- File Size: 7516 KB
- Print Length: 1501 pages
- Publication Date: August 22, 2012
- Sold by: Amazon Digital Services LLC
- Language: English
- ASIN: B009187MD0
- Text-to-Speech: Enabled
- Word Wise: Enabled
- Lending: Enabled
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Amy Carmichael 8-in-1 (Illustrated). Things as they Are, Lotus Buds, Overweights of Joy, Walker of Tinnevelly, Ragland Pioneer, Ponnamal, Continuation of a Story, From the Fight Kindle Edition
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Top Customer Reviews
Things As They Are is the gripping story of what lay "behind the veil" of Southern India at a time when the British occupied India and thought that the Christian missionary work there had been utterly successful. The truth was that Christianity was mostly a superficial addition to the religious thinking of the people rather than a revolution of real understanding and life change (or true salvation). Heart-wrenching and evil practices against women and children and boys continued under the veil of secrecy and deceit; but the most painful consequence of such superficiality was the emptiness of life without Christ's full indwelling, an emptiness which persisted under the guise of "cultural" Christianity at that time (and place). All this Amy bravely exposed in (appropriate) Victorian sensitivity, mostly in Things As They Are, yet she did so with deep and abiding love for the Indian person and culture and for Christ above all. Lotus Buds is a delightful book about the raising of these little salvaged souls, a book about "family". Side note: Amy was a homeschooling mother following Charlotte Mason's helpful ideas; but she was pressed by her unique circumstances to develop her own customized version for her Indian children. Yet, any mother will be encouraged with a wide variety of emotions as you journey with them in Lotus Buds. Walker of Tinnevelly is a GEM of a biography of a man with the spirit and single-focus and kindness of Oswald Chambers. You will be inspired and moved by the life of this under-recognized man of God. This is worth re-reading often. Amy was a biographer as well and her manner of biography is very interesting. Reading Amy's bio of Ragland (pioneer missionary in India in 1800's), and then of Walker (served under Ragland), and then her own accounts will give you a good LOCAL sample of 100 years of the history of Christian missions in Southern India. Her own account, Gold Cord--not included in this volume, tells of her serving under Walker who taught her Tamil and was her mentor during the initial development of Dohnavur Fellowship. When he passed away suddenly, she was left to lead the work. (Her goal was always to ensure that Dohnavur would be continued by committed Christian nationals rather than Europeans, and this is now true at Dohnavur Fellowship.) One point Amy makes in her books (which include biography of Indians as well as European workers) is the crucial truth that true Christianity "burns"--one must not expect ease and comfort when Christ's love bore the cross. But godly sacrifice of self for love yields Resurrection power and LIfe. Overweights of Joy concerns the workings of Dohnavur and God's Provision; Ponnammal is the story of Amy's dearest friend and "sister" in the work; Continuation of the Story continues the general narratives of life at Dohnavur; and From the Fight I haven't read yet.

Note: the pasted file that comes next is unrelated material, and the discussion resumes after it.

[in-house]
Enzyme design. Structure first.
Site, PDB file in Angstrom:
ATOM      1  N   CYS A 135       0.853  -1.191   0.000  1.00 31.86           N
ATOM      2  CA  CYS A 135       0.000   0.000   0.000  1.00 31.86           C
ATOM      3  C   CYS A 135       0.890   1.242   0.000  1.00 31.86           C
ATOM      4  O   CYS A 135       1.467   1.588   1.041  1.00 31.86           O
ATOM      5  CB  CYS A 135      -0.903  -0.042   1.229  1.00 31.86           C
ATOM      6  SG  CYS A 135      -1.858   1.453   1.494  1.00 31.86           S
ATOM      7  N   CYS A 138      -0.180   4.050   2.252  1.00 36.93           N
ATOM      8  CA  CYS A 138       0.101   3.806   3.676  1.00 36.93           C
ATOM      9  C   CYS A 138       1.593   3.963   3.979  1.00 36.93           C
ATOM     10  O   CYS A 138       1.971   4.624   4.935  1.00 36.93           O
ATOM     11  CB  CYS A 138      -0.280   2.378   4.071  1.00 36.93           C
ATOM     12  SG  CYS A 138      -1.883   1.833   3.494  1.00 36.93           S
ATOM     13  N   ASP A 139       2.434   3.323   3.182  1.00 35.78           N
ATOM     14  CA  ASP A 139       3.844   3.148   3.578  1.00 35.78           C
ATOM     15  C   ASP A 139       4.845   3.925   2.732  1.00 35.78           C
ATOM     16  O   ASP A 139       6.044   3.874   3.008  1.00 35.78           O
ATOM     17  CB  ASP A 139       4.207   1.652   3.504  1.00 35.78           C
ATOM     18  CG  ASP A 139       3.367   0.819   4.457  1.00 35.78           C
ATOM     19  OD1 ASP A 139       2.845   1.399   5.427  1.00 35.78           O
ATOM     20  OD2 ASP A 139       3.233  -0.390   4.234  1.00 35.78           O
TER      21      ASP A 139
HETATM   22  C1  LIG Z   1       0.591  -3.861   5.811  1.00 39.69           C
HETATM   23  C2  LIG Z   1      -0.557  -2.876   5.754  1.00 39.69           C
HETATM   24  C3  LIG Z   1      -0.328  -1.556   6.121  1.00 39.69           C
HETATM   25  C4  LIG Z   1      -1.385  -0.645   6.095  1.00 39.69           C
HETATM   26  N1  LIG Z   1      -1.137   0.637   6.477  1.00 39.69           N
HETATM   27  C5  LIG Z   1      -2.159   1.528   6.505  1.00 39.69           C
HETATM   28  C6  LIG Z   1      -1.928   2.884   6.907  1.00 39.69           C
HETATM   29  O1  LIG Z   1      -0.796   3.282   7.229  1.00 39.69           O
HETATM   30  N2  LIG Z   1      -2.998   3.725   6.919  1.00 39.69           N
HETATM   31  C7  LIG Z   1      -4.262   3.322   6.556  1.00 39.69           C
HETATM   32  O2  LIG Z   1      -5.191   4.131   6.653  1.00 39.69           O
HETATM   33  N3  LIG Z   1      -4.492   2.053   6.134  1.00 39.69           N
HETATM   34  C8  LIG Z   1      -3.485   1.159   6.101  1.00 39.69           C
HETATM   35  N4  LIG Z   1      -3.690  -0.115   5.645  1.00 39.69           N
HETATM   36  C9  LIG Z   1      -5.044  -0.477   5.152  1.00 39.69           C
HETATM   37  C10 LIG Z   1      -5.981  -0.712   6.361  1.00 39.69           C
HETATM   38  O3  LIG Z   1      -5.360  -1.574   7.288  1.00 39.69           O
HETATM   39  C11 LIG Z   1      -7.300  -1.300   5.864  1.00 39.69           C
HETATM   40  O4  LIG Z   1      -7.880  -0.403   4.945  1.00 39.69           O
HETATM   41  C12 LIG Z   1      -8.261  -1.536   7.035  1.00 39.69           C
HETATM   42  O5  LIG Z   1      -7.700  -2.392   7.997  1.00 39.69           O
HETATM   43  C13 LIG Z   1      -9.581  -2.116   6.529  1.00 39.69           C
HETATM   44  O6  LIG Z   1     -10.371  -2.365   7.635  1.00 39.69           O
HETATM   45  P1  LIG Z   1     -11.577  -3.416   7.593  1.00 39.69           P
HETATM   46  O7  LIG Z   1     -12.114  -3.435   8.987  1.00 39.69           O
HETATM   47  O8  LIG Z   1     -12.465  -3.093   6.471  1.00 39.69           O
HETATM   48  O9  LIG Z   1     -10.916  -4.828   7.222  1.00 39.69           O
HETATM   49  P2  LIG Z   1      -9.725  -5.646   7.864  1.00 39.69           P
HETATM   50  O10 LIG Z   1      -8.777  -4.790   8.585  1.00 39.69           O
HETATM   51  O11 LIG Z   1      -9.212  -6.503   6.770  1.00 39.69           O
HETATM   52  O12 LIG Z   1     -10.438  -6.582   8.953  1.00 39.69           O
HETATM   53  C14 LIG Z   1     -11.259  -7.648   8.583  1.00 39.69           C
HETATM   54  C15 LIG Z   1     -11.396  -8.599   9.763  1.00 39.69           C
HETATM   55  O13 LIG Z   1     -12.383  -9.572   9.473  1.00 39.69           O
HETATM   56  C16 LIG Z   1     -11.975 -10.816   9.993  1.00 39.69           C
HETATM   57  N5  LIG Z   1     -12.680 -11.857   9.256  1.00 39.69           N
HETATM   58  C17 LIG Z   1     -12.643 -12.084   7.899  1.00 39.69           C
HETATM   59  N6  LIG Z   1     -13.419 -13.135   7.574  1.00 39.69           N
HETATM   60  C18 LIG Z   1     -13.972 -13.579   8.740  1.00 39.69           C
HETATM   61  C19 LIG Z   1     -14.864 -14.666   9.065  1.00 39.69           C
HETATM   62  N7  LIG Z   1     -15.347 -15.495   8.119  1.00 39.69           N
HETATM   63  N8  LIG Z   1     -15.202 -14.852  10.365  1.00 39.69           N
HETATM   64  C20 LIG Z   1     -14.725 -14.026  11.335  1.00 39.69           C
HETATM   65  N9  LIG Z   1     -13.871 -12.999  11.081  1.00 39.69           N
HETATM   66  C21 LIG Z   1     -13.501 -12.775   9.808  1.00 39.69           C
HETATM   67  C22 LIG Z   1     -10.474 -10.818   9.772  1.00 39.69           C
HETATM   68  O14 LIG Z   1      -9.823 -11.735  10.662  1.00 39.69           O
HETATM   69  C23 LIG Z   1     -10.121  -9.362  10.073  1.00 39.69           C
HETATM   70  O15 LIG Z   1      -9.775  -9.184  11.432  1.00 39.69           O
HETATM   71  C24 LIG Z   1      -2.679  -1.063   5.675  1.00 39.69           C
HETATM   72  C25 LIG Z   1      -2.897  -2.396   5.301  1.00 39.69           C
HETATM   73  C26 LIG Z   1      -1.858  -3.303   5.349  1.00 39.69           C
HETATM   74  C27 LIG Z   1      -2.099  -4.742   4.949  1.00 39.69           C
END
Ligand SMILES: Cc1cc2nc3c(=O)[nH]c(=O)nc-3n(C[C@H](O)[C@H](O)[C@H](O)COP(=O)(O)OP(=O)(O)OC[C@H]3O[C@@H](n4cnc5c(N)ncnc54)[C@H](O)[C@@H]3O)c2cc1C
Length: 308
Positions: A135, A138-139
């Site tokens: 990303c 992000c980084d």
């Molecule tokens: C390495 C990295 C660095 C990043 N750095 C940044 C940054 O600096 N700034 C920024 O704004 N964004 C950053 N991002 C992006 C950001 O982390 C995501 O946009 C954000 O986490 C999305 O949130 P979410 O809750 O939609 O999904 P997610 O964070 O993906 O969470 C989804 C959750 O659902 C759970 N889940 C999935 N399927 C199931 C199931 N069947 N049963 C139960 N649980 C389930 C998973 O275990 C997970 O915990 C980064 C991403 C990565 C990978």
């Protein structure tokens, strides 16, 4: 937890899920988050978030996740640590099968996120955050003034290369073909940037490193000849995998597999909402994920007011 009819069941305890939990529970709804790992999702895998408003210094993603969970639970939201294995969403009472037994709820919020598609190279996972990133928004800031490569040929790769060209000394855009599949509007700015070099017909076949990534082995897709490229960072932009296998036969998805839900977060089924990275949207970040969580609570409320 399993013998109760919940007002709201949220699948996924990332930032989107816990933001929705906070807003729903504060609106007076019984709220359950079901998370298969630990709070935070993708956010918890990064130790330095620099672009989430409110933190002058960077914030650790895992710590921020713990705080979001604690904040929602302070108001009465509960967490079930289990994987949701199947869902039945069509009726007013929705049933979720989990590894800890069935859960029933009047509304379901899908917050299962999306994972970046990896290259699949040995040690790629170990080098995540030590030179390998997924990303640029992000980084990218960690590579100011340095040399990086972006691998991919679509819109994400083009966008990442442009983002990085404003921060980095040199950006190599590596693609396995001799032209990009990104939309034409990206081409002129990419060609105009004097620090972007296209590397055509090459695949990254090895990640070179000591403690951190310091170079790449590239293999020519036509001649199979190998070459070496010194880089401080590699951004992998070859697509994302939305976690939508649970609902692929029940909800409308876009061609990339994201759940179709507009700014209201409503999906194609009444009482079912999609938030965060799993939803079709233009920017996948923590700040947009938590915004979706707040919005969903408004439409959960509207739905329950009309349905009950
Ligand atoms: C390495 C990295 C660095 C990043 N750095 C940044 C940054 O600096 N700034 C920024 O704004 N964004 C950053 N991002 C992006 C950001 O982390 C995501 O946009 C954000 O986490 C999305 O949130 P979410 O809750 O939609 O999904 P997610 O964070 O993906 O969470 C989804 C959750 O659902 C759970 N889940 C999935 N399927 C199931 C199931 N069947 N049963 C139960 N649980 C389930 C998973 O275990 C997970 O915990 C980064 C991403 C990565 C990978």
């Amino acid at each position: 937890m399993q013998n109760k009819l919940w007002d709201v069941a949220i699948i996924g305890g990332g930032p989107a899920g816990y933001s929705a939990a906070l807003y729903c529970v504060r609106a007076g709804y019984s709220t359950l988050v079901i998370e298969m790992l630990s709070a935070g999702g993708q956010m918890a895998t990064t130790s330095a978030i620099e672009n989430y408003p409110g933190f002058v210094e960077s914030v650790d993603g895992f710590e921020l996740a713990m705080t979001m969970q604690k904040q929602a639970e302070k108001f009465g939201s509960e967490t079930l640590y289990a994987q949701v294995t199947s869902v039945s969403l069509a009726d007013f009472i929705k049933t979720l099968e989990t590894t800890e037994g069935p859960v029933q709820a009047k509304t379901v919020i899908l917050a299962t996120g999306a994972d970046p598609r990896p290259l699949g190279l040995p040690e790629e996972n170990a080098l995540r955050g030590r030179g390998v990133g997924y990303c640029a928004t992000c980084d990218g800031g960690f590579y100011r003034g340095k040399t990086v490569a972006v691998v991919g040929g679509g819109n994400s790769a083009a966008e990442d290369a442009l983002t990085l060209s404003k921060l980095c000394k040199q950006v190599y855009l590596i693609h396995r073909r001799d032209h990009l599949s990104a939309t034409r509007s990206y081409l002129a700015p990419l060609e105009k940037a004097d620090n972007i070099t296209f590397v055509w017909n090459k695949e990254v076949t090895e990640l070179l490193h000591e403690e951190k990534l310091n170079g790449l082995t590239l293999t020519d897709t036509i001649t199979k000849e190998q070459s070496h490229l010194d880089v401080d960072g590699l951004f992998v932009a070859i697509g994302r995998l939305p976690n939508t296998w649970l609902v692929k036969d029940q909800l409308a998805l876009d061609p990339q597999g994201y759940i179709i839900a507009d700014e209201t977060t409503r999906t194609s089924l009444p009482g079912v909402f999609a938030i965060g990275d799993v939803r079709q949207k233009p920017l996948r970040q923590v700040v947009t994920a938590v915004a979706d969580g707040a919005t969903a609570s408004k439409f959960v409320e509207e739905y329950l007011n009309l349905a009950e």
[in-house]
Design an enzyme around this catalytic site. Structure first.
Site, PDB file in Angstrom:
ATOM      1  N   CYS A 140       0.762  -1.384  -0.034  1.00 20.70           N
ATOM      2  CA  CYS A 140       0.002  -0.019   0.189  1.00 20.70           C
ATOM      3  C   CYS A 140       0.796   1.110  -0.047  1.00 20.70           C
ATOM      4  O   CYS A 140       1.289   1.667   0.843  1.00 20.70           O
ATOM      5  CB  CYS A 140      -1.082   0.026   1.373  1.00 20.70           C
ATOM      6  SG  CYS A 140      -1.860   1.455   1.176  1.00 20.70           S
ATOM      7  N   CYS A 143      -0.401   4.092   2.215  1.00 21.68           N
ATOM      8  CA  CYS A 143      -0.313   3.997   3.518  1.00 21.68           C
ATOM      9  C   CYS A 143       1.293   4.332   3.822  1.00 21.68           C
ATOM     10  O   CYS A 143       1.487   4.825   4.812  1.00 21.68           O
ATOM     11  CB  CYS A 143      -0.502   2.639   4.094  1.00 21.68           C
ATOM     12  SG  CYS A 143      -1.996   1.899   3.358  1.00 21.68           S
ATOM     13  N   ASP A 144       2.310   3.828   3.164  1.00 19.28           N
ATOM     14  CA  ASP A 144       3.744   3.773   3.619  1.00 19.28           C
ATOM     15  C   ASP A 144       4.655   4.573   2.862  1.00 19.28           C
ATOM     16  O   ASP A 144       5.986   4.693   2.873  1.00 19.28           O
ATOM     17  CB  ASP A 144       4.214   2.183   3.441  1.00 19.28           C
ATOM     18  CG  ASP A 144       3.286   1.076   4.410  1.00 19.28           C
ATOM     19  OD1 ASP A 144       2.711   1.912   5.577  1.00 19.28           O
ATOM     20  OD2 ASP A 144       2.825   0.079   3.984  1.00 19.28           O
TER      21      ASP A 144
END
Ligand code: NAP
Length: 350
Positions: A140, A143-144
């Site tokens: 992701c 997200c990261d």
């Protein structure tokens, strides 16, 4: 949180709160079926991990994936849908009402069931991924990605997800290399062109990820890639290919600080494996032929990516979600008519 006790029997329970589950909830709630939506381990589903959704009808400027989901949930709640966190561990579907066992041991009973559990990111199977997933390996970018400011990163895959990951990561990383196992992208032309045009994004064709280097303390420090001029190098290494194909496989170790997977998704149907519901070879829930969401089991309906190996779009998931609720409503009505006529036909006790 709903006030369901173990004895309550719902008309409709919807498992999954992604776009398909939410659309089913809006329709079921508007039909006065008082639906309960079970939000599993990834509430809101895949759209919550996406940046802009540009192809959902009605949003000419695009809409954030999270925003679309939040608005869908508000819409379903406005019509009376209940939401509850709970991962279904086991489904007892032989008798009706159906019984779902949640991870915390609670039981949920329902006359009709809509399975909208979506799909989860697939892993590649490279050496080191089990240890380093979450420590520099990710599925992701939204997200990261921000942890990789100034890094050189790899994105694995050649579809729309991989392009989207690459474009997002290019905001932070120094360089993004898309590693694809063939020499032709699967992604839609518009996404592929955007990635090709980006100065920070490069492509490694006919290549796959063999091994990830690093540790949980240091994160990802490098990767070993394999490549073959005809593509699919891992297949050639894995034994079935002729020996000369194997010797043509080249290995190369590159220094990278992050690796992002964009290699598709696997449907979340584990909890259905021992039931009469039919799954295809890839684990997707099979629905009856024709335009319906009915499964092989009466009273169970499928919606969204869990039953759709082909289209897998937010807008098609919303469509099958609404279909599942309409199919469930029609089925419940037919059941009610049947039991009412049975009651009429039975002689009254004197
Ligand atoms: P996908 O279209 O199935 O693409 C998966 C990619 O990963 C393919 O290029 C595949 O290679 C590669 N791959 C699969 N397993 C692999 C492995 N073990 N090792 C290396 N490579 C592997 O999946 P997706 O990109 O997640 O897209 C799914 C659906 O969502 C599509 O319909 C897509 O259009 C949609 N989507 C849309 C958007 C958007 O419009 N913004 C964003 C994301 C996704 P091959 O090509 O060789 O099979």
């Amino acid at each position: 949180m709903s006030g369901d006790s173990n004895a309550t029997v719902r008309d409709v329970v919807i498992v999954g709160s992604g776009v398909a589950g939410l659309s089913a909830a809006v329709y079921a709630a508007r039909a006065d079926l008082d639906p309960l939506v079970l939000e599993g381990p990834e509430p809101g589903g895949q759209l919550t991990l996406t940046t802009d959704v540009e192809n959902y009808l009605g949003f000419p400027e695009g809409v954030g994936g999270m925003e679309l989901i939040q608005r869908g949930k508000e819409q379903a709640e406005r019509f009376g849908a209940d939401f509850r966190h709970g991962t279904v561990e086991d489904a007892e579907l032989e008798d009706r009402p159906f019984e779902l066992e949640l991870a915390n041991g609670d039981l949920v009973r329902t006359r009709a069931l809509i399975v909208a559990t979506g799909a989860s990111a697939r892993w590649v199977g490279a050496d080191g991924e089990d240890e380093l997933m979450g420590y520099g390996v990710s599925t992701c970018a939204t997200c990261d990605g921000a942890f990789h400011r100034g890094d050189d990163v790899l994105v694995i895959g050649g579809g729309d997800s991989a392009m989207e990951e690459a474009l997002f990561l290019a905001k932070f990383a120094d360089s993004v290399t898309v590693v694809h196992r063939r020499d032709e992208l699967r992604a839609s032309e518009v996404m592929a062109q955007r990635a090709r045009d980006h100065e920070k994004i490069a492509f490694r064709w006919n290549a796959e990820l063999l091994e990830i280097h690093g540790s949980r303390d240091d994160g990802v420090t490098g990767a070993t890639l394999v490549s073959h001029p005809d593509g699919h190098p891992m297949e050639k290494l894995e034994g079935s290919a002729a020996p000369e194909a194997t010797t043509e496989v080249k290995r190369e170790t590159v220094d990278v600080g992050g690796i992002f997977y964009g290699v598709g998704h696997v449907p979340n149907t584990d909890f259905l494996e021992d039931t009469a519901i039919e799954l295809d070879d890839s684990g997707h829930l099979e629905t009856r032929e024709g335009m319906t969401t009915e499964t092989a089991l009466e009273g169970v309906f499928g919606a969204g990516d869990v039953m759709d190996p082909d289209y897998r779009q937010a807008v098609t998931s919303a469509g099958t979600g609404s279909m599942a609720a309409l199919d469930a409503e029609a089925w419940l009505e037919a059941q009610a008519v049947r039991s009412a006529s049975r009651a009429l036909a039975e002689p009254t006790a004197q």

All this is too much overgeneralization of all that you will find in these books. Read them! Reading Amy's writings is like following a laser straight to the heart of God. She once said something about prayer: rather than pray to God for the things that burdened her heart, she reverently and quietly came alongside Christ "in Gethsemane" and listened to hear what burdened HIS heart. If you love Amy Carmichael's writing, read what lay behind those thoughts and behind her poetry, for from out of those experiences with God and with India, those words flow (or "burn", as Amy would say). And you will come to love India and its people, as she did; to continue to pray for their salvation; not just indiscriminately of souls without faces, but of individuals and of families and of villages. Christ loves India(ns).
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